6 Comments

  1. Chuck "Chuckles" Lord

    Being practiced does not mean you have to stay with the script word for word. I have a friend who would allways agonize over memorizing the script for a new skit. When it came to performance time, she was very good at “Reading the audience” and changing as we went along. Our skits start at A and end at B but between the two there is a limitless variety. Our job is to know where we start at A and that we want to end at B and have a general plan for the path. Using your own words here will keep your show more natural and improve your delivery because it is all you. You will also never have that problem actors face of forgetting your line. Remember, when you are talking with a friend you don’t write a script first you just converse going from A to B. You will also become better at improvisation. That is what a conversation is only with some funny thrown in.

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  2. Jim De Wilde

    Wonderful article! About 12 years ago I did a spontaneous (but actually practiced) magic trick at a local nursing home or care facility with another clown. Practiced the trick at home but wasn’t sure of results because I didn’t tell the other clown what was going to happen. Glad I practiced, as it went off perfect and the reaction from the other clown was exactly like I imagined and a spontaneous one. We had the residents laughing so hard they almost cried, especially when I showed my partner and them exactly what happened to bring the laughter. At my age now, I need to be more spontaneous (and more. practiced). Proud to be an alumni of 2002, 2015, 2016 classes. I am a member of COAI and a Mooseketeer for life regardless of whatever conventions or schools I may also attend. Jim DeWilde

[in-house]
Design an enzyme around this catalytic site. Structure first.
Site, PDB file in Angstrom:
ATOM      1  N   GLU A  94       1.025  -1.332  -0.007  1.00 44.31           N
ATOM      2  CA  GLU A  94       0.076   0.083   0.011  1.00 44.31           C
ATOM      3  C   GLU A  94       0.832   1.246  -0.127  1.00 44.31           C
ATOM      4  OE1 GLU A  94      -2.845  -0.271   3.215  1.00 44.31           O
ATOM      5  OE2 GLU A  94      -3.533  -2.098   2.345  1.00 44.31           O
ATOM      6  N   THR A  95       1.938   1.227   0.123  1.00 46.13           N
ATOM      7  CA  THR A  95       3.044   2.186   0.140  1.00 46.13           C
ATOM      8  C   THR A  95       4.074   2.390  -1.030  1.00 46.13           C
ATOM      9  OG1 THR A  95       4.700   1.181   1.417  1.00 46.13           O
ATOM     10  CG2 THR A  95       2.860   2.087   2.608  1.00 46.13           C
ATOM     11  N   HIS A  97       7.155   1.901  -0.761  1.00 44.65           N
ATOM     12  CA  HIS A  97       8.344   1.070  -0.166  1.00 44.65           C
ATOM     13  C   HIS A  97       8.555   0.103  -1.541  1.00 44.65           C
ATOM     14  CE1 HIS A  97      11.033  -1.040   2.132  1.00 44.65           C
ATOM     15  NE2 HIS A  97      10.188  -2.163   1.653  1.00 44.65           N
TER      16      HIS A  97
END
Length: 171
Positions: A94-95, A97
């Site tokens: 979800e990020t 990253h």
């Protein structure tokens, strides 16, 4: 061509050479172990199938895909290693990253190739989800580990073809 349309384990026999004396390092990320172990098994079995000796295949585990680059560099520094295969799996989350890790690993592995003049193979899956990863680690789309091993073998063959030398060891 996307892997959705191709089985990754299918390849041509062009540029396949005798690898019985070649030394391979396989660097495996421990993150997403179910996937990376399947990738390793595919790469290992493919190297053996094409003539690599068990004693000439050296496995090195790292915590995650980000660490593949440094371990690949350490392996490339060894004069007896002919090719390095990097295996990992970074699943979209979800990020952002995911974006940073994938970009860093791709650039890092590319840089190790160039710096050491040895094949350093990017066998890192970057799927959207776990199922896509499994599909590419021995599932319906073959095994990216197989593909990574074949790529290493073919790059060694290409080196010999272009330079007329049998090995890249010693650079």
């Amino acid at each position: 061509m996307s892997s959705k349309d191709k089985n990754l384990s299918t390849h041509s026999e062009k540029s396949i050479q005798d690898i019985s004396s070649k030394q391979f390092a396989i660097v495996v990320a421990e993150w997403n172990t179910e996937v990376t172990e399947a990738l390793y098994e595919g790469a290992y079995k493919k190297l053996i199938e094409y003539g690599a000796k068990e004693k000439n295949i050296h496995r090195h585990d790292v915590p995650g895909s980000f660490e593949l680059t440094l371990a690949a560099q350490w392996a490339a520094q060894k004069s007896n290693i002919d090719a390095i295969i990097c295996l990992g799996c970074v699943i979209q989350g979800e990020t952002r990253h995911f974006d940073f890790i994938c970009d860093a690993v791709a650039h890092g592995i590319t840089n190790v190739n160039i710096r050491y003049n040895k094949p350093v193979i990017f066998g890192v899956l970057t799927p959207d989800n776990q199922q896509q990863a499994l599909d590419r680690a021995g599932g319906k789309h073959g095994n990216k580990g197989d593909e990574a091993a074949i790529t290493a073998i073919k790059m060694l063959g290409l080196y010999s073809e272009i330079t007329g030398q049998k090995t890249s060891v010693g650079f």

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  3. Aaron

    This was a lovely article and quite inspiring. It makes me sad that I will not be able to attend clown camp this year, but next year for sure!

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